The Mississippi Water Resources Research Institute provides a statewide center of expertise in water and associated land-use and serves as a repository of knowledge for use in education, research, planning, and community service.
The WRRI goals are to serve public and private interests in the conservation, development, and use of water resources; to provide training opportunities in higher education whereby skilled professionals become available to serve government and private sector alike; to assist planning and regulatory bodies at the local, state, regional, and federal levels; to communicate research findings to potential users in a form that encourages quick comprehension and direct application to water related problems; to assist state agencies in the development and maintenance of a state water management plan; and to facilitate and stimulate planning and management that:
provides water planning and management organizations with tools to increase efficiency and effectiveness of water planning and management
Climatological and Cultural Influences on Annual Groundwater Decline in the Mississippi Delta Shallow Alluvial Aquifer: Modeling Potential Solutions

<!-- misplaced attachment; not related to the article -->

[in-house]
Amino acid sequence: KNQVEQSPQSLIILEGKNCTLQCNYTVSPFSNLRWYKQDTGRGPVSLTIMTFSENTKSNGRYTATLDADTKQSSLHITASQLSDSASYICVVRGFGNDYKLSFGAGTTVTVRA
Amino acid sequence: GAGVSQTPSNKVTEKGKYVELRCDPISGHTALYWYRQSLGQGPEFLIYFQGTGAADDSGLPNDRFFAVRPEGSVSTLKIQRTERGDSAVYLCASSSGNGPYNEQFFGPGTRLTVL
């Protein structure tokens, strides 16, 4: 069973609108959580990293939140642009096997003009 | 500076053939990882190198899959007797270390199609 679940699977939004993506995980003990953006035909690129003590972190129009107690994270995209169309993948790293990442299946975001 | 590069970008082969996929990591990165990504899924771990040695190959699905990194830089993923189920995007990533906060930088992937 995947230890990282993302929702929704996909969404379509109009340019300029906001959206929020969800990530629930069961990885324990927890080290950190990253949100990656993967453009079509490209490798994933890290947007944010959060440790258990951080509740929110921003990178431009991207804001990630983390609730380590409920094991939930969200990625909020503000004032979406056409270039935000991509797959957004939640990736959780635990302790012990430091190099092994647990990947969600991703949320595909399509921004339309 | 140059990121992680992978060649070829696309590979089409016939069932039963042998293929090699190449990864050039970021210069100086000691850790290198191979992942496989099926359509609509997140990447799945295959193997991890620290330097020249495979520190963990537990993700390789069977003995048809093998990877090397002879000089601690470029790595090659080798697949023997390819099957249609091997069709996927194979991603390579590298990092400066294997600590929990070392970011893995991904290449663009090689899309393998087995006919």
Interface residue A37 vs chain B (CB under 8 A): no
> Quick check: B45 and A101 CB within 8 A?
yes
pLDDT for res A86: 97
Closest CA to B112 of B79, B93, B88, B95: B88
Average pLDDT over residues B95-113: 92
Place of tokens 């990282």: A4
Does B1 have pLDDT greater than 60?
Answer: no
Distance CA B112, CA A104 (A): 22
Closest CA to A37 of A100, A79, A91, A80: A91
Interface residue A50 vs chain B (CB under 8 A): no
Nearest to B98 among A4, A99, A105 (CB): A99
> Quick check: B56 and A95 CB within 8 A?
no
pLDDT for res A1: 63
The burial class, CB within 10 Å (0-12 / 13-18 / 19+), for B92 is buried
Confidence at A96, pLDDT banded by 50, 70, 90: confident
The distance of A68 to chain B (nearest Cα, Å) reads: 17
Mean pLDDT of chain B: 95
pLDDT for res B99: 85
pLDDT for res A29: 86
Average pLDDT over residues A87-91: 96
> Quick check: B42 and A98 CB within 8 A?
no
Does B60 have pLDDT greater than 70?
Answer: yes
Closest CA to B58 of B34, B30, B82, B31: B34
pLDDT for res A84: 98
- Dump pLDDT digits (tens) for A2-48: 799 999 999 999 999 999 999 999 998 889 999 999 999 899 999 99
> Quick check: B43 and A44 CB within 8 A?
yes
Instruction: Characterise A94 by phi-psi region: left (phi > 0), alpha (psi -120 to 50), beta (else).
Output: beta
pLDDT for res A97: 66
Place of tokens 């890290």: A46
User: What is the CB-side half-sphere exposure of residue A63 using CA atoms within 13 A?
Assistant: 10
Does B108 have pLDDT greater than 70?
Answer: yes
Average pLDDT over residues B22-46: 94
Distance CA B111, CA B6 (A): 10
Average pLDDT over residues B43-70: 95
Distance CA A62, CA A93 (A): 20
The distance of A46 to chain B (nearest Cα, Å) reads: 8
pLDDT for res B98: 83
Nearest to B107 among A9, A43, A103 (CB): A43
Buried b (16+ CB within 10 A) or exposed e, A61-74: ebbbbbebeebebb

This project seeks to determine the causes of short-term aquifer declines, cultural water uses and climatological processes, with a conscious effort to exclude the effects of river recharge or extraction. Maximizing use of rain to substitute for groundwater is definitely an alternative when water demand in dry years for agriculture becomes an even more serious issue. Water use from the delta aquifer has been quantified by crop, acreage, and irrigation method. A relationship between growing season rainfall and irrigation water use has been developed to link interannual variations in water use to variations in climate rainfall. A complete prototype water use model has been completed using acreages, irrigation methods, and management strategies in place during 2006 in Sunflower County to predict annual demand for cotton, rice, soybeans, corn, and catfish. Growing season climate data for the past 45 years were used to run the water demand model for a 45-year (2008-2053) period to assess aquifer drawdown and recharge characteristics annually and cumulatively over the long-term. Changes in acreages of the major crops, specific irrigation methods, and water management strategies were used to create various scenarios, then conduct multiple model runs to assess the effects of the instituted changes on aquifer drawdown and recharge characteristics over the long-term period.
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